Breitbart & Pups

At John Scalzi’s post on Debarkle there is a comment by Charles Stross which has a good question:

“Just popping in to say that the pups seem to have ultimately served as a pilot program for the culture wars approach rolled out in Gamergate and Comicsgate: I can’t help wondering if there was any coordination with Steve Bannon, because it reflected in microcosm the shape of politics to come.”

I think we can reasonably say “yes, there was sort-of” to that question but with caveats. The extent of it is unclear though and I doubt events would have played out very differently in 2015 without it.

It’s reasonable to say “yes” because the connection is Milo Yiannopoulos. Vox Day had contacts with Yiannopoulos from GamerGate, Yiannopoulos and Allum Bokhari covered the Sad Puppies for Brietbart – notably from FEBRUARY 2015 and tying it directly to GamerGate I think it is also notable that both the February story and the April (post-nomination announcement) story put the Sad Puppies at the front of the story even though the authors were closer ideologically to the Rabids. The framing is very much the idea borrowed from GamerGate that of a consumer revolt of ordinary apolitical people against the forces of SJWs and feminism rather than an ideological backlash from the right.

Now “coordination” might imply that Bannon was directing things or that he had some say in Puppy strategy. I don’t think that is the case because aside from anything else, why bother and there wasn’t a great deal of strategy going on or needed. However, there was a clear line of communication and the connection between the so-called Evil League of Evil and Yiannopoulus would continue into 2017. Whether Bannon himself was paying attention, I don’t know but I’d guess not because he’d let Yiannopoulos handle such things.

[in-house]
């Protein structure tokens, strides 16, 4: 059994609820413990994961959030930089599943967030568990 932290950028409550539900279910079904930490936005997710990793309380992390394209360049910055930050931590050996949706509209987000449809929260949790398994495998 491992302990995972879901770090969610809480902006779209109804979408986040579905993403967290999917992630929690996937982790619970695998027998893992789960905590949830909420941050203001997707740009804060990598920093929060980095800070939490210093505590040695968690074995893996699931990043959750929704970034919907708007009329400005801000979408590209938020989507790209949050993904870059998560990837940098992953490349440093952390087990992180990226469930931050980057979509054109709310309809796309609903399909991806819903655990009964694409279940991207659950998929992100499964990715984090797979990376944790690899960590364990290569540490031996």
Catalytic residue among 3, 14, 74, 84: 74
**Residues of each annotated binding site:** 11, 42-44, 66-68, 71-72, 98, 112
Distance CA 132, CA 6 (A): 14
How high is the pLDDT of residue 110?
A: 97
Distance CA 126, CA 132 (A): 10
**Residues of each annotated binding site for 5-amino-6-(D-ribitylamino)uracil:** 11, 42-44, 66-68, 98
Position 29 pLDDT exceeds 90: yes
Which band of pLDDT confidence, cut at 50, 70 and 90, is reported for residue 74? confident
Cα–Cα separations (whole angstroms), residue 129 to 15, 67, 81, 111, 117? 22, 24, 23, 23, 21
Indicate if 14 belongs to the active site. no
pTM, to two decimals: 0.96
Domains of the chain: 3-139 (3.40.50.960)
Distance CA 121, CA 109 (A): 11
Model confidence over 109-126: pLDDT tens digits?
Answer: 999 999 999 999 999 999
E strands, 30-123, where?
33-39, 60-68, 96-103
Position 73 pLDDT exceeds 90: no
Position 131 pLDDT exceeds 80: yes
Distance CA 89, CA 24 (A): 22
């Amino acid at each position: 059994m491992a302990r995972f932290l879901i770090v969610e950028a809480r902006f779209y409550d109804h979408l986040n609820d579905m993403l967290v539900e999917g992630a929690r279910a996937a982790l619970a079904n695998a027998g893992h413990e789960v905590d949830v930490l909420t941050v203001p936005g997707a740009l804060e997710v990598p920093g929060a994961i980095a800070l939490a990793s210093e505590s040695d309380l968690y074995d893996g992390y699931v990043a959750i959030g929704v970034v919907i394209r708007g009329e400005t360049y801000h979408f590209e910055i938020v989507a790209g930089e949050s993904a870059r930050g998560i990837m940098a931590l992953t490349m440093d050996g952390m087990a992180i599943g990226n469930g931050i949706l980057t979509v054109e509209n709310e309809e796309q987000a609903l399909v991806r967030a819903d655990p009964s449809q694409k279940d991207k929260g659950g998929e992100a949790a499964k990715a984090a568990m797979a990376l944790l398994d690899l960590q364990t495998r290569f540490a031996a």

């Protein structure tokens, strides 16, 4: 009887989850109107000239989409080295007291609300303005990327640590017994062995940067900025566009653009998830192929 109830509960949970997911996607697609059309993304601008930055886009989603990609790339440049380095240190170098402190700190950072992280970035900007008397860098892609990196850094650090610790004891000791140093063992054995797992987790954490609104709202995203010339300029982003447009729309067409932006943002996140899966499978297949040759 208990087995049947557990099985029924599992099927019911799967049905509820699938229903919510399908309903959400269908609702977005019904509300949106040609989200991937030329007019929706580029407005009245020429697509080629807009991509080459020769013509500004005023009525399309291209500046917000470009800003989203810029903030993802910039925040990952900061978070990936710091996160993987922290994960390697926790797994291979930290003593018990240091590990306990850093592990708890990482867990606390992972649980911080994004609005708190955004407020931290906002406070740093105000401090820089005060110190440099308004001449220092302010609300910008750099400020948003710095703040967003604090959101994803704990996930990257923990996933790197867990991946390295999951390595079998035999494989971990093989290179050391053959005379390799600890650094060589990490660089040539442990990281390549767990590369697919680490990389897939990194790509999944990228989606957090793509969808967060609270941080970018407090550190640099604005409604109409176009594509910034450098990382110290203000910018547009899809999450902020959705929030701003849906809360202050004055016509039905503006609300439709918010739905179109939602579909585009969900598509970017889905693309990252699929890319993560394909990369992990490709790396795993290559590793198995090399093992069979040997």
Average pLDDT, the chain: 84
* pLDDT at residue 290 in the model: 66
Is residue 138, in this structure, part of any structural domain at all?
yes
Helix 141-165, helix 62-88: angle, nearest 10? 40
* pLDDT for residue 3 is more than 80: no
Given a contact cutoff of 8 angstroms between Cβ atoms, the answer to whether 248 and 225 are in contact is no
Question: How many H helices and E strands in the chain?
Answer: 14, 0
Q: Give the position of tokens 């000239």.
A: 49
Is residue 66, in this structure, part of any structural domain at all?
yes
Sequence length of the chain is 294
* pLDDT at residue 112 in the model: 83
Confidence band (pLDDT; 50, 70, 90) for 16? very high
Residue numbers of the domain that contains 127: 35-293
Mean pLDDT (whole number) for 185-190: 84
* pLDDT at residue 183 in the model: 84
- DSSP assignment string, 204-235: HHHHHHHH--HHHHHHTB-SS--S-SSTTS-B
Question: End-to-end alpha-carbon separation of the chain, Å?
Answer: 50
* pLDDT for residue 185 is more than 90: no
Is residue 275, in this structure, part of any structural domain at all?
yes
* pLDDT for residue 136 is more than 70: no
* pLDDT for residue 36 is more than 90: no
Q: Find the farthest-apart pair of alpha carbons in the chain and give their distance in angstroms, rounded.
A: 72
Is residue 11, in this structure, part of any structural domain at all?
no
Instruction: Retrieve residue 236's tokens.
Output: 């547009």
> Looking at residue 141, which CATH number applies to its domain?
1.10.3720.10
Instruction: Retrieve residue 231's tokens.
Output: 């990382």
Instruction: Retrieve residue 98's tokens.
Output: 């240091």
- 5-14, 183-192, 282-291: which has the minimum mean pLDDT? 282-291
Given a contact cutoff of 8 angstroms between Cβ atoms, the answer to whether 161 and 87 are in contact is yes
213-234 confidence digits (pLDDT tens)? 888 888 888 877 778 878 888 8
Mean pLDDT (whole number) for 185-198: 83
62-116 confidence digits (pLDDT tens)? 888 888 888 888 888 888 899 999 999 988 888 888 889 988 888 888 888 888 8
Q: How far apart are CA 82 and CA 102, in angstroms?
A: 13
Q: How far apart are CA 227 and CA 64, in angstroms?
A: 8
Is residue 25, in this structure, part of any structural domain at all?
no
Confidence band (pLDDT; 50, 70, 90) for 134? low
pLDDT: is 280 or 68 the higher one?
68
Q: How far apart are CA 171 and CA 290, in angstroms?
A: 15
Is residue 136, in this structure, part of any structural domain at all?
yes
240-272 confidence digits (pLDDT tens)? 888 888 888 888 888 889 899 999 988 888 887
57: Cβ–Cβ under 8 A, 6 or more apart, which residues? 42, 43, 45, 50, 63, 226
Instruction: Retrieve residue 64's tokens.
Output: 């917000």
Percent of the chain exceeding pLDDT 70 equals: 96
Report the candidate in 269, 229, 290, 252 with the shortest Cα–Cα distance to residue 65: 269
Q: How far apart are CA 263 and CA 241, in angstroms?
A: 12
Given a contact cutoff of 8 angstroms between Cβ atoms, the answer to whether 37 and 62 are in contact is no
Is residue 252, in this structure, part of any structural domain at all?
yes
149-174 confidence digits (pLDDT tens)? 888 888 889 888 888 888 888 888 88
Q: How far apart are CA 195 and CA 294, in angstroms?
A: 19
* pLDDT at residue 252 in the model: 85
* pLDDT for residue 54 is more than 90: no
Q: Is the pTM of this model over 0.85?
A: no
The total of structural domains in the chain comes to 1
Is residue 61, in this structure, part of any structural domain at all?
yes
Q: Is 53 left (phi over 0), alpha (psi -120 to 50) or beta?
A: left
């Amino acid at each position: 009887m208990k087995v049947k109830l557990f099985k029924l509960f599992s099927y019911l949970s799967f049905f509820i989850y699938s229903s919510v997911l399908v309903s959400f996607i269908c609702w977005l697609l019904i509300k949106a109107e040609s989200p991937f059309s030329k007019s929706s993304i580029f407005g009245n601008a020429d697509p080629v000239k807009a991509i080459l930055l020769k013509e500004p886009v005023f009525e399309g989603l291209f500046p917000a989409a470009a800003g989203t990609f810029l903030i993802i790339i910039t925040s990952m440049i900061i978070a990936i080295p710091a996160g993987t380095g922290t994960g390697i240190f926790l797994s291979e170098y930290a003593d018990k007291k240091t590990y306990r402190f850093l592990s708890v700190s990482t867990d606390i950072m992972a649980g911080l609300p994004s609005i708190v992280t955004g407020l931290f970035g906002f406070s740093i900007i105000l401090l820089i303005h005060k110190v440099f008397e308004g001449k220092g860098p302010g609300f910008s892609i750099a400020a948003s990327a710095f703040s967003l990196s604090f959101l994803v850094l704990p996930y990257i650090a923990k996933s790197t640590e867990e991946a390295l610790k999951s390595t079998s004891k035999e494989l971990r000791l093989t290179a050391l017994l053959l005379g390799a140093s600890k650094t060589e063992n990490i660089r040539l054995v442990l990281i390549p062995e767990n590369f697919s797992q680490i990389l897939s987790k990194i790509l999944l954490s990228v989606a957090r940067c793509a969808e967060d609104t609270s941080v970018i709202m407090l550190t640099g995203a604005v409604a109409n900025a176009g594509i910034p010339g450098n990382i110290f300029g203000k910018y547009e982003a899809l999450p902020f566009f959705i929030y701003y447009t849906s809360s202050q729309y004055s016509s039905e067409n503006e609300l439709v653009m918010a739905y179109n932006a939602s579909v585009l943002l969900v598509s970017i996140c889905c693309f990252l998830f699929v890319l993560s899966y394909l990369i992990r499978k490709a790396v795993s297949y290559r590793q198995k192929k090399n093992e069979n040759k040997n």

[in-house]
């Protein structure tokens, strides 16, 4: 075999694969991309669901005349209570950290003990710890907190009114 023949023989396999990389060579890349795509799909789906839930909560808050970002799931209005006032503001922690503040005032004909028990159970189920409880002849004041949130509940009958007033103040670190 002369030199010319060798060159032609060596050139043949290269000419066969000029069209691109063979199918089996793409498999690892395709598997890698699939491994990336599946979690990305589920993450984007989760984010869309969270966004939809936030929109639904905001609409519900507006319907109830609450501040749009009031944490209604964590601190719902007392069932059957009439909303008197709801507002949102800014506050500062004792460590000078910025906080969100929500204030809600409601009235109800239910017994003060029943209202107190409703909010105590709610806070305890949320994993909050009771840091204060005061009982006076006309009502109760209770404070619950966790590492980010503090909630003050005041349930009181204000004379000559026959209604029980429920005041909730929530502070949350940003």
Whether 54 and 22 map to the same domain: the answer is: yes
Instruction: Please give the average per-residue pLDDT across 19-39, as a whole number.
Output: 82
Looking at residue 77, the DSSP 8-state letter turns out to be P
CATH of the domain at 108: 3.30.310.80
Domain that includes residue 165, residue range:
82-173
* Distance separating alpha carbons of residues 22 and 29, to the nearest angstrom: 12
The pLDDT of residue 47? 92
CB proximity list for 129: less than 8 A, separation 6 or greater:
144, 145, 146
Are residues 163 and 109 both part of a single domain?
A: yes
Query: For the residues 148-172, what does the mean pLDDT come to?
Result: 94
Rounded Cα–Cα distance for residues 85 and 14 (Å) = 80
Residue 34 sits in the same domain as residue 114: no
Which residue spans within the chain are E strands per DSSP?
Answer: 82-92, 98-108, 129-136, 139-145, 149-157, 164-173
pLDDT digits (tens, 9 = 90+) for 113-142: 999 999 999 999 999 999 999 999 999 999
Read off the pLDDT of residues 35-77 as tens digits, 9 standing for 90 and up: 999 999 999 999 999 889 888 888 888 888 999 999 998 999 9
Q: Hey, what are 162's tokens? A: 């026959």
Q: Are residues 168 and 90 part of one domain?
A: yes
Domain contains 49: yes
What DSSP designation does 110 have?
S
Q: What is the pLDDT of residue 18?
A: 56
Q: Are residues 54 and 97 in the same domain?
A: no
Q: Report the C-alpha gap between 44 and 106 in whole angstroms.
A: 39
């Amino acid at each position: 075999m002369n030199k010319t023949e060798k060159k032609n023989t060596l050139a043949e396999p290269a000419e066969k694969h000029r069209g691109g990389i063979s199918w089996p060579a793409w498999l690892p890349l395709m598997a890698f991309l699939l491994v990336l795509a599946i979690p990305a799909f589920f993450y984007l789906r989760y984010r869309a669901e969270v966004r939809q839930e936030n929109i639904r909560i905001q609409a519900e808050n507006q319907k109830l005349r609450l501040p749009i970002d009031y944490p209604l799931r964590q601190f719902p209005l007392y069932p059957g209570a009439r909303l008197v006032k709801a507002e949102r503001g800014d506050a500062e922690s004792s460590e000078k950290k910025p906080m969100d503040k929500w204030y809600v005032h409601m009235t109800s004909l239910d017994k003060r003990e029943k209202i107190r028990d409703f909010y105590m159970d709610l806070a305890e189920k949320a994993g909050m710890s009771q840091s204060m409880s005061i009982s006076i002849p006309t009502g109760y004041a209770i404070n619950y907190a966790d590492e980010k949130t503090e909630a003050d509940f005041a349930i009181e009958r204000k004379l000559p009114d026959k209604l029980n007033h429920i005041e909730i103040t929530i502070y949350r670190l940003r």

It’s not unlike the connection between the Puppies and GamerGate. There was not, as some feared, Sad Puppies going to GamerGate and recruiting an army of auxiliary culture warriors. However, there was always an overlap of people between the two campaigns, so the GamerGaters who wanted to be involved were already involved by April 2015. The ties with GamerGate were there from the start via Vox Day and Larry Correia (via Adam Baldwin as well as regulars at his blog).

Lastly, “coordination” can sound conspiratorial and imply a grand game of move and counter move. If your broad strategy is chaos and division, you don’t need much coordination, you just need to cheer things on from the sidelines.

So I think it is safest to say that there was a clear line of communication between Breitbart and the Puppies but there is little reason to think Breitbart was directing the Puppies.

12 thoughts on “Breitbart & Pups

  1. Since Gamergate pre-dated the puppy movement, I don’t think Stross is correct in saying the pups served as a pilot program for Gamergate. It’s hard to deny there was some synergy between gators and pups in the creation of Comicsgate, though.

    I think the the pups attracted a lot of people from the MRA movement which, from what I remember, at least partially grew out of the skeptic/atheist “movement” back in the early 00s. Remember Elevatorgate?

    I knew Vox Day from far right politics long before I noticed his involvement in SFF. He wrote for WND and, IIRC, VDare. He and Milo seem to me to be more clownish/wannabe types in the alt-right/fascist pond, and more parasitic than anything else, kinda like JDA or, in the wider world, Andy Ngo. They find an existing terrible thing and try to make it their own and grift off it. While I’m sure Bannon et al. were happy to have them mucking up the waters and stirring up outrage among the perpetually outraged, I doubt the more serious fascist organizers cared much at all about nerd fights beyond the increase in social tension they cause.